Most cases began between three and six years of age and, although of varying fremore frequently quency, rarely occurred than every three to four months. Attacks were painful and accompanied by swelling of the gland and edema of the orifice of Stensen’s duct. The attacks lasted three to seven days and the accompanying systemic reaction varied from minimal to severe. Between attacks the gland and duct appeared normal. Extensive laboratory studies in these cases were negative or normal; cultures revealed normal oral flora. Sialograms in all cases showed “sialectasis” produced by extravasation of the contrast media into the parenchyma. This occurred even with only partial filling of the duct system indicating that excessive injection pressure was not the cause. Biopsy was done in four cases and confirmed previous observations of duct epithelial hyperplasia, lymphocytic infiltrate, acinar atrophy and fibrosis. An additional finding was that of fragmentation or absence of the basement membrane, supporting the view that the acinar lining is more permeable allowing extravasation of dye in sialography. Acute attacks were treated by general supportive measures. Antibiotics, massage of the gland, use of acid sweets and chewing gum, have all been recommended. None of these measures produced obvious benefit. Meatotomy of Stensen’s duct in seven patients was without benefit. Avulsion of the auriculotemporal nerve in 17 patients was not of benefit and it is no longer done. Long-term steroids or antibiotic irrigation of the duct were not used. No patient underwent ligation of Stensen’s duct and none underwent parotidectomy. Follow up was complete on 45 patients in the Idiopathic group. Thirty have ceased having
tacks are less than 1.5 years of age, but for one patient who at 18 years still has very mild attacks. It is considered that virtually 100 per cent of children in this group will be spontaneously years. The
“cured” by the age of 15 discusses
factors and advocates nonoperative therapy in all “allergic” and “idiopathic” types of recurrent parotitis.-Hugh V. Firor.
TIIROMBOCYTOPENIA IN A PATIENT WITH A RELATIVELYSMALL FACIALHEMANGIOMA. D. G. Corley, A. Oquendo-Cabrera, 1. M. Laura. Clin. Ped. 8:728 (Dec.) 1969.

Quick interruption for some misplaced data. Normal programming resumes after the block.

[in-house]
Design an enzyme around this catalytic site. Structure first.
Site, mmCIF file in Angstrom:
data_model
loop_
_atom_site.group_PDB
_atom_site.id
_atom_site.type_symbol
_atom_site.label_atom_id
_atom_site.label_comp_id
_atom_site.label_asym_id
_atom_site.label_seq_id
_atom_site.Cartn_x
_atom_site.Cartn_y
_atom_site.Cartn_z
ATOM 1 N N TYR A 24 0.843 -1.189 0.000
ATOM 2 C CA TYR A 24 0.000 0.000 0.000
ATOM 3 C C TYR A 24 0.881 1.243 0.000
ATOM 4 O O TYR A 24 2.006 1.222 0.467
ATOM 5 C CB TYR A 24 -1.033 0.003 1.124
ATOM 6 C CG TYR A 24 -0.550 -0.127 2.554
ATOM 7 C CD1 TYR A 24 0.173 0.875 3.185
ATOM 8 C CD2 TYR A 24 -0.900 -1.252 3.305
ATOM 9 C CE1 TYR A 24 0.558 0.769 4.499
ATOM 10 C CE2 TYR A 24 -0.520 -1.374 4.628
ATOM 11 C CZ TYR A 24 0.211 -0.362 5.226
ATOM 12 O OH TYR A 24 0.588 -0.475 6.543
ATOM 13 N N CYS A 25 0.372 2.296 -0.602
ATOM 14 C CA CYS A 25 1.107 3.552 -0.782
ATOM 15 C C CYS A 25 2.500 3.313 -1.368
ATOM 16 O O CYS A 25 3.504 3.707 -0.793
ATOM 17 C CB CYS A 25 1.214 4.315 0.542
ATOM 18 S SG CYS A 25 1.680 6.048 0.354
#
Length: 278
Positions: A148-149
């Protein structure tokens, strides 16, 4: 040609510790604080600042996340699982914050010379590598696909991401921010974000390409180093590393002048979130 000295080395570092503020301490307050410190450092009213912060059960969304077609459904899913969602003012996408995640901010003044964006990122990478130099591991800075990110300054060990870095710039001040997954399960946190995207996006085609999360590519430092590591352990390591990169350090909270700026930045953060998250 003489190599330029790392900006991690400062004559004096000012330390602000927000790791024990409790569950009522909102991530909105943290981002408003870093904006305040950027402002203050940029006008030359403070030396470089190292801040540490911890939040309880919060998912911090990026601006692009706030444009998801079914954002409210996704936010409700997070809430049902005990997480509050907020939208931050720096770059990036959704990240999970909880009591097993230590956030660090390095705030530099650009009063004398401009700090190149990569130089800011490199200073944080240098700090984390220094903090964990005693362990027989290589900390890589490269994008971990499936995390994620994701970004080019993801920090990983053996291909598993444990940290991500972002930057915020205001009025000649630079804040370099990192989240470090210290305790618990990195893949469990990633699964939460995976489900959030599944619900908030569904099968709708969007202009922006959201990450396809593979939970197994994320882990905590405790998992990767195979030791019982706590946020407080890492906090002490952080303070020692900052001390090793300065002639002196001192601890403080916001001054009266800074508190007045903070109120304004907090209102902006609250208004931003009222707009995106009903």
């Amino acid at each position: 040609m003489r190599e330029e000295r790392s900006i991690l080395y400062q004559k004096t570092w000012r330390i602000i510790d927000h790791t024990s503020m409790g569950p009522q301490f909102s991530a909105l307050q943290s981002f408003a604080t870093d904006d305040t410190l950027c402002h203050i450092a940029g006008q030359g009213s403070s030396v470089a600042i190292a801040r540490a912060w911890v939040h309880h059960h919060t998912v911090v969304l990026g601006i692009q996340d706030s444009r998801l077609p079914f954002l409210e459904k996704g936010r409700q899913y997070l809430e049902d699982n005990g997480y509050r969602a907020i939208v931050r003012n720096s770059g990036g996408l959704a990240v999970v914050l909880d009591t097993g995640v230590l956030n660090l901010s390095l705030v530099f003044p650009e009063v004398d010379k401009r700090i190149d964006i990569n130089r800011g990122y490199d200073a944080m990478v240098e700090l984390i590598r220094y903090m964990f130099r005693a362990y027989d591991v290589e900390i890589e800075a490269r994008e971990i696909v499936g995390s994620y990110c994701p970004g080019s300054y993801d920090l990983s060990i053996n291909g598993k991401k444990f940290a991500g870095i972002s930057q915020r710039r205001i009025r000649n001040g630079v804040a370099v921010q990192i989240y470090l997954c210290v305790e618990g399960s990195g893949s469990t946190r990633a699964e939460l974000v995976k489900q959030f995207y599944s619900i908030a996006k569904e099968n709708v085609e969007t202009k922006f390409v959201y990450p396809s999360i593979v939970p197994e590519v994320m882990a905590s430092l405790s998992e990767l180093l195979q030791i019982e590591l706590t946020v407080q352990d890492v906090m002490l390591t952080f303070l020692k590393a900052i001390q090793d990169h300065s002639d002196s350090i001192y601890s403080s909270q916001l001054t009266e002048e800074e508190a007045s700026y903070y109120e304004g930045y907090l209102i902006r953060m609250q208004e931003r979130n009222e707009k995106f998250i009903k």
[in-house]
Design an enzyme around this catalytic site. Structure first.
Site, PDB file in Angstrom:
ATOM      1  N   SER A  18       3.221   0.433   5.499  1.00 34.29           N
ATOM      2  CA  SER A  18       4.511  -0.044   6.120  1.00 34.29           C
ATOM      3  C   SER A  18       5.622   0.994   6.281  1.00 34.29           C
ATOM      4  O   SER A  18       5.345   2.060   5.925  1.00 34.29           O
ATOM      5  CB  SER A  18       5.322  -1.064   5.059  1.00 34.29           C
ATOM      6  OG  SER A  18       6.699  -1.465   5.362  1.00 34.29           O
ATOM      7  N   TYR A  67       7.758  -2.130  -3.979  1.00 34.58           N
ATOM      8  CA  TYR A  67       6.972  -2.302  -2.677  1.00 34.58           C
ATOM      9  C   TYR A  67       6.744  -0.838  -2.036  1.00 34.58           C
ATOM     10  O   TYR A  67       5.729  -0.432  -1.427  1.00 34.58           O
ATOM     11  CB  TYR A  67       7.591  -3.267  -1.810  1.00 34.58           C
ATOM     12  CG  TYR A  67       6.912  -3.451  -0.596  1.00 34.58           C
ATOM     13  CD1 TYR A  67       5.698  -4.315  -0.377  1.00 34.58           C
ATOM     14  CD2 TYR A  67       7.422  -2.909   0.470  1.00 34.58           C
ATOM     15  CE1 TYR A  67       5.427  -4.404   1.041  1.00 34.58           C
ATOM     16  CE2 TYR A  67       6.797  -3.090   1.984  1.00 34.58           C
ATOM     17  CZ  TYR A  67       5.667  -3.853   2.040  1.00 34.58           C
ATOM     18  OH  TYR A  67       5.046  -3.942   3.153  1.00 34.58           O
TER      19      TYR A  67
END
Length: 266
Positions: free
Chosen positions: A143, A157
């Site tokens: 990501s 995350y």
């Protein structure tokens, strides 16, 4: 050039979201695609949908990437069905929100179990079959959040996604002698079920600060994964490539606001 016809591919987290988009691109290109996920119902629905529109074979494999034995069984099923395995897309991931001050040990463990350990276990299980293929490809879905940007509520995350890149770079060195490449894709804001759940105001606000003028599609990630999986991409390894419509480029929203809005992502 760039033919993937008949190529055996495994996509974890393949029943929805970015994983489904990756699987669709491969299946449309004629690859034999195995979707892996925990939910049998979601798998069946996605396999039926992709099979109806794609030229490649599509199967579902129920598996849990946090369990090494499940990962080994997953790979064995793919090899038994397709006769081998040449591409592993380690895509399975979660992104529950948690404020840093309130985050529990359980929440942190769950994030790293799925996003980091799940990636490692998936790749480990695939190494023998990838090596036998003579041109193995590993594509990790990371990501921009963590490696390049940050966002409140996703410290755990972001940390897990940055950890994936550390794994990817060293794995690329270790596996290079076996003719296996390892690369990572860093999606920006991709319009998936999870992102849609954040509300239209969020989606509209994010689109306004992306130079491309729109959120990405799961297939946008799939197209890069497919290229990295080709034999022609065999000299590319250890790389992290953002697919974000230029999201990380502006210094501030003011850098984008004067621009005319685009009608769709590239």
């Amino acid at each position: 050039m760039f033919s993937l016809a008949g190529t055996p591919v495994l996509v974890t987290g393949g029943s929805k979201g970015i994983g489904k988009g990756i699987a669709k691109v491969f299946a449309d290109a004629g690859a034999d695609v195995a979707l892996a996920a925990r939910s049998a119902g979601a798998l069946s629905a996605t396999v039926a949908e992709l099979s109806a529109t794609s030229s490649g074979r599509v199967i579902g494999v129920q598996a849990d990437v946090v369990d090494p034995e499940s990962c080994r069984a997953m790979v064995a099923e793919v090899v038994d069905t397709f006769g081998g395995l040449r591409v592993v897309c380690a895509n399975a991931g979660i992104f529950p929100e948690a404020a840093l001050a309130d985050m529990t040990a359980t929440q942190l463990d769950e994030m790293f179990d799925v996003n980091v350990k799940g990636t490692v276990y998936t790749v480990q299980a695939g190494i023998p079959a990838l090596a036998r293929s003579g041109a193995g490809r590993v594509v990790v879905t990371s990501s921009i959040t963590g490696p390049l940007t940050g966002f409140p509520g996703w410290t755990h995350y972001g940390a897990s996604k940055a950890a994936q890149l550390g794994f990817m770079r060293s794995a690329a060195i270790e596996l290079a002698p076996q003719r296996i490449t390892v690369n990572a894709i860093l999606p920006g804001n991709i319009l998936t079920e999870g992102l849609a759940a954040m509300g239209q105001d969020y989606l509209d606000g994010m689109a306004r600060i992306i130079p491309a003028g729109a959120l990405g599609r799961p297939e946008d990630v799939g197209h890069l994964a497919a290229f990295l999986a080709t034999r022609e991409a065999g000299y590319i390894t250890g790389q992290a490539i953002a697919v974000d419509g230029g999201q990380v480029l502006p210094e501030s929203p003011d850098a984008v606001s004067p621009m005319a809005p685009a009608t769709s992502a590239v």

This is a case report of a three-month-old infant with hemangiomatous involvement of left side of face associated with thrombocytopenia. Prednisone therapy was unsuccessful. Patient was then treated with 1200 rads given in four divided doses to left side of the face with subsequent rise in platelet count, associated with decrease in size of the hemangioma-Michel Gilbert.
THORAX PECTUSEXCAVATUM.G. H. Wooler, Y. A. S. Mashour, 1. B. Garcia, M. P. Holden and M. I. lonescu. Thorax 241557-562 (Sep-
The authors suggest that pectus excavatum is due to excessive negative anterior mediastinal pressure which sucks in the body of the sternum. This situation is brought about by the malposition of the heart into the left hemithorax. Surgical correction of the deformity should include, in addition to the standard procedure of resection of deformed costal cartilages, anterior wedge osteotomy and fixation of the sternal gladiolus at the sternal angle, mobilization of the redundant pericardium, with partial excision or plication, and anterior fixation so as to bring the heart into the midline and prevent recurrence. This procedure has been accomplished in three patients aged 42, 16 and 20 years since November, 1968.-WiIZiam K. Sieber. ACUTE RESPIRATORYDISTRESS AND BRONCHOGENIC CYST IN THE NEWBORNINFANT. A. Beau, 3. Pre’vot and J. P. Azambourg.
Ann. Chir. Inf. 10:495-503,
This is a description of two cases of bronchogenic cysts operated upon with success. The first one was a huge infected cyst of the bronchus of the middle lobe, which was treated by lobectomy. The second one was a little cyst of the left main bronchus, no bigger than a walnut, but producing a huge emphysema of the left lung: treatment consisted in excision of the cyst. There follows a review of the literature.-M. Bettex.